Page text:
Uzma Jalaluddin's novel Hana Khan Carries On is a modern day meet-cute inspired by a love of rom-coms
Uzma Jalaluddin is a teacher, parenting columnist and author based in Ontario. She is also the author of the novel Ayesha At Last.
Hana Khan Carries On is a romantic comedy from Uzma Jalaluddin. In Hana Khan Carries On, Hana is an aspiring radio host who is working at her family's halal restaurant. When her aunt and a cousin come to town, and a rival restaurant opens in their neighbourhood, Hana's life is upended and family secrets are revealed. Fighting for her family is a big battle, one that will put all of Hana's skills to the test. It's a battle that gets more complicated by Hana's growing attraction to the rival restaurant's attractive owner, Aydin.
Jalaluddin spoke with Shelagh Rogers about why she wrote Hana Khan Carries On.
"The origin story of this book goes way back in 2017, which feels like a million years ago right now! My husband and I were celebrating my birthday. We were at this upscale halal restaurant that serves American-style food — burgers, steaks, ribs, things like that.
I thought this would be such a great way to explore the way that the changing dynamic of immigrants evolves over subsequent generations.
"We were remarking that a halal restaurant like this simply did not exist when we were growing up in Toronto. I thought this would be such a great way to explore the way that the changing dynamic of immigrants evolves over subsequent generations.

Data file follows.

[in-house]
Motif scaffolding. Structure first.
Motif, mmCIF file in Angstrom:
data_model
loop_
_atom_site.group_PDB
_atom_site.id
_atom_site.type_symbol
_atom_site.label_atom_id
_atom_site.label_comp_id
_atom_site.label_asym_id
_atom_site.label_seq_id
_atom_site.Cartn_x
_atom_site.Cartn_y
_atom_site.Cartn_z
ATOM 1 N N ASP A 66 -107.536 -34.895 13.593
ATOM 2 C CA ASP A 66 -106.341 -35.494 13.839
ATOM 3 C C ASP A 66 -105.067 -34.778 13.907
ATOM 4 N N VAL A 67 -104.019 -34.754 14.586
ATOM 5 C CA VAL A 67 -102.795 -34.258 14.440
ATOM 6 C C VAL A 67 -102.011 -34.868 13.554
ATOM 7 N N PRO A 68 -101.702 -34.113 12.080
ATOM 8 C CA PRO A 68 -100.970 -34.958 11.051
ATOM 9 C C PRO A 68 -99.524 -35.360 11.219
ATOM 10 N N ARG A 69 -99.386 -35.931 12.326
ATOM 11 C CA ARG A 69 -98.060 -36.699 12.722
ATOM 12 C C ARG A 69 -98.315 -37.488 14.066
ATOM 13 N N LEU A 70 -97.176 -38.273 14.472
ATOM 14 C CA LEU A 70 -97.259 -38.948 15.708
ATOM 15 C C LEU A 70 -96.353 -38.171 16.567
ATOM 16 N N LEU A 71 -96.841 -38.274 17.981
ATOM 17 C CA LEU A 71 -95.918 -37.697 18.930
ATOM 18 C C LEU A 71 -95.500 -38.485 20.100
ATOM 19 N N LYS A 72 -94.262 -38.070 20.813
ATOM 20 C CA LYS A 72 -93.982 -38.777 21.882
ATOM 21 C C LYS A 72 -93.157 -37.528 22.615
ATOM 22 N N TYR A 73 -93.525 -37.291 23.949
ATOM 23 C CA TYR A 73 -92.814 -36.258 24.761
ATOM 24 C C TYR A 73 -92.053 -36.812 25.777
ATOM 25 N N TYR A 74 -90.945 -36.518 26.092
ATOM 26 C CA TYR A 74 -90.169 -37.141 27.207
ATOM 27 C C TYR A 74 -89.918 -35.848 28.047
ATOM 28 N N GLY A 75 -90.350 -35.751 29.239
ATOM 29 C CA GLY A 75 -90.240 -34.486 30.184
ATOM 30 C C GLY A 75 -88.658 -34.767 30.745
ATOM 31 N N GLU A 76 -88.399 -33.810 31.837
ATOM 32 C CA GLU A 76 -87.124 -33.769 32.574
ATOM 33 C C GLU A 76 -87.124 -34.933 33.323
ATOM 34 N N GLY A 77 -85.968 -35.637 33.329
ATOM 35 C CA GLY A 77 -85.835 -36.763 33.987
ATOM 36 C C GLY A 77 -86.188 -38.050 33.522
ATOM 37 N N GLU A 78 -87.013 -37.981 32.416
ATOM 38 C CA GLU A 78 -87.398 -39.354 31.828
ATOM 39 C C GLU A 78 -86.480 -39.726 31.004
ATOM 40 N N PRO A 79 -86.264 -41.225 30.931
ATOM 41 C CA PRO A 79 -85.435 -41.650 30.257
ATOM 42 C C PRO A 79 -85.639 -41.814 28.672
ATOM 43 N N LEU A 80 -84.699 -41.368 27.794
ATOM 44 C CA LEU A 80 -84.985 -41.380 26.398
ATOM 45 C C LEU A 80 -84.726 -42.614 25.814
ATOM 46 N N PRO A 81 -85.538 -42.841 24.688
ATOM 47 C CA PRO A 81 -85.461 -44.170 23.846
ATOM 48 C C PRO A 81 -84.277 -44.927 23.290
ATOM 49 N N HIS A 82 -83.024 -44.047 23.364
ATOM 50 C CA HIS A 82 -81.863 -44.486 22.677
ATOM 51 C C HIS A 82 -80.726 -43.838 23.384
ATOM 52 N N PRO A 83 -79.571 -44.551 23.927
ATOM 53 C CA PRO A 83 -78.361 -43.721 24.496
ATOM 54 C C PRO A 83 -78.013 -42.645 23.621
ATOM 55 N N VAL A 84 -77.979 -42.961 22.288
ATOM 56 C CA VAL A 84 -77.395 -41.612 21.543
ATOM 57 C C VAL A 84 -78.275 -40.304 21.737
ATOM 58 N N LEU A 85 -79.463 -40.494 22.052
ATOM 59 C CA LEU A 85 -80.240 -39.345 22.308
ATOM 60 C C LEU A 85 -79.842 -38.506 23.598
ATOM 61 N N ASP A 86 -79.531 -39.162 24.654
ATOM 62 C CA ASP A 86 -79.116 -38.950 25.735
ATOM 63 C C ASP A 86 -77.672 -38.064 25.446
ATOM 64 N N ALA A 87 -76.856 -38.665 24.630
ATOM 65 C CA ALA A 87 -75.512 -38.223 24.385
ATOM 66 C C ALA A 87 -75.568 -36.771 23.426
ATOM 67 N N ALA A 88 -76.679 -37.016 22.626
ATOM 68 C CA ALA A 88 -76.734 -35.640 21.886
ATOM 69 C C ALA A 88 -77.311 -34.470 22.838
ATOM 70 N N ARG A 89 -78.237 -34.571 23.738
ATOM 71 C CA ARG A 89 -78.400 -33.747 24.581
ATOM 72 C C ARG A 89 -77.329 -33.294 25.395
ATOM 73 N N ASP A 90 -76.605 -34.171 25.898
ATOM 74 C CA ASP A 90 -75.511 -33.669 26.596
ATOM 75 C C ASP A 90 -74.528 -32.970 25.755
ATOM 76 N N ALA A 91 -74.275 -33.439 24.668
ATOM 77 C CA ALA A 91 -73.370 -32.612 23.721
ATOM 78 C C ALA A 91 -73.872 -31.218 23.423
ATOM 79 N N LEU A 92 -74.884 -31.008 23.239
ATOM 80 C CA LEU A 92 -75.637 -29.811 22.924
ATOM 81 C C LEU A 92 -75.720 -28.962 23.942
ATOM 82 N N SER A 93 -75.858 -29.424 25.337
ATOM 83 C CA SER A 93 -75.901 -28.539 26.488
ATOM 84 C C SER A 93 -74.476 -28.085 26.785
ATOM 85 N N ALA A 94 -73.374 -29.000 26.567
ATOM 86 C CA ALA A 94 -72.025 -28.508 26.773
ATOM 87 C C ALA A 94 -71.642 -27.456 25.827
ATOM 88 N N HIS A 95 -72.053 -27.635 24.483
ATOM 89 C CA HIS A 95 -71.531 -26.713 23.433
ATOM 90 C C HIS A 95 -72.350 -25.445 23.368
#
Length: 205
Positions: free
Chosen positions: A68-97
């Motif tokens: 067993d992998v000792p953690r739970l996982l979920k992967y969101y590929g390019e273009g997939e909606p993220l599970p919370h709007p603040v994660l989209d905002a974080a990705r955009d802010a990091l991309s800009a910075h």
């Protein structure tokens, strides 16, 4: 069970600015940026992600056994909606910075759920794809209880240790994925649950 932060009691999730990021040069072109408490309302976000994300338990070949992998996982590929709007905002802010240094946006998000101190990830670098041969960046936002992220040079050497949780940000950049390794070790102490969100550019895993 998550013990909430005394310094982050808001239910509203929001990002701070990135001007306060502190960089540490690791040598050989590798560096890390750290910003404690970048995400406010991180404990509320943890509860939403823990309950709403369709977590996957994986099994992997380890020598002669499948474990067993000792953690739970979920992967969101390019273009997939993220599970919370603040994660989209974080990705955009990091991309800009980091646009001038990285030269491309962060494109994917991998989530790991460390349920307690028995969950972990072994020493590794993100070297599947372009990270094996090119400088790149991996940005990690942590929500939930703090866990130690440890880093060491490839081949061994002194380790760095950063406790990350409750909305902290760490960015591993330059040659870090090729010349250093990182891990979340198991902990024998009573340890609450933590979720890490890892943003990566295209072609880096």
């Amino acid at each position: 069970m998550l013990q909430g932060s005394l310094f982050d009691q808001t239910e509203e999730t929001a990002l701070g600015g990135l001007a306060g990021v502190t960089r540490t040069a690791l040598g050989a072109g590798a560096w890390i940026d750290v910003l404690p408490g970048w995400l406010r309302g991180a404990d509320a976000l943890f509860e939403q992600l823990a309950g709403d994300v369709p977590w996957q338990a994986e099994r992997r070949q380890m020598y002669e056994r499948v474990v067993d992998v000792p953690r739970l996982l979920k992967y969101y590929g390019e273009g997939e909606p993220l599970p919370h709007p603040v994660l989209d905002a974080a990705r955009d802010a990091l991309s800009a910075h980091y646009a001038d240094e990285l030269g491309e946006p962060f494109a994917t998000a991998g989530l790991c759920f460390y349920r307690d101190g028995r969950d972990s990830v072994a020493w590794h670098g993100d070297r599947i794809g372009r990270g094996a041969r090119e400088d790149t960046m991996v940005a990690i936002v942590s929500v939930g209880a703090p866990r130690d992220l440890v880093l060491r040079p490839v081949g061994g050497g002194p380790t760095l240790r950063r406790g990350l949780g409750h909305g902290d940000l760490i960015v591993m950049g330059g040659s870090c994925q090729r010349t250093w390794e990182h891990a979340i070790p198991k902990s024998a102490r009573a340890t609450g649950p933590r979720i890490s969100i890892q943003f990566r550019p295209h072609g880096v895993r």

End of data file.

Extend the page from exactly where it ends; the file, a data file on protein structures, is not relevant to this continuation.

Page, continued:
"And I also just love food. So both those two things combined, I thought it would be really fun to explore."
A love for romantic comedies
"I love the classic rom-coms. One of the really popular tropes is 'enemies to lovers,' and I'm a sucker for that trope. I love it so much. I knew that in the very beginning, just by the very nature of Aydin's presence in the neighborhood. He is the owner of this new restaurant that is threatening Hana's family business. I knew they would immediately be enemies.
"I really enjoyed playing up the tension between Hana and Aydin. In their very first meeting, he shows up at the restaurant. She doesn't know who he is. He talks down to her thinking that she's just the waitress. She gets offended — and they're off to the races.
"They have multiple interactions where they're bantering back and forth, but then they give each other a chance and that's the beginning of them becoming friends."
"With stories that are set in regionalized or marginalized communities, I find that a lot of the tension comes, with justification, from parents who are demanding things for their children. And that is definitely a conflict that some children face.
With stories that are set in regionalized or marginalized communities, I find that a lot of the tension comes, with justification, from parents who are demanding things for their children.
"But then I think about a lot of people I know, who do come from those backgrounds, and their parents never really force the issue, but they still feel a responsibility towards giving back to the community and giving back to their family. I wonder about those kids who internalize that responsibility, even though their parents tell them to do what makes them happy and run after their dreams.
In Hana's case, she is so aware of all that her parents have sacrificed to get her to where she is right now —and she wants to help them."
Uzma Jalaluddin's comments have been edited for length and clarity.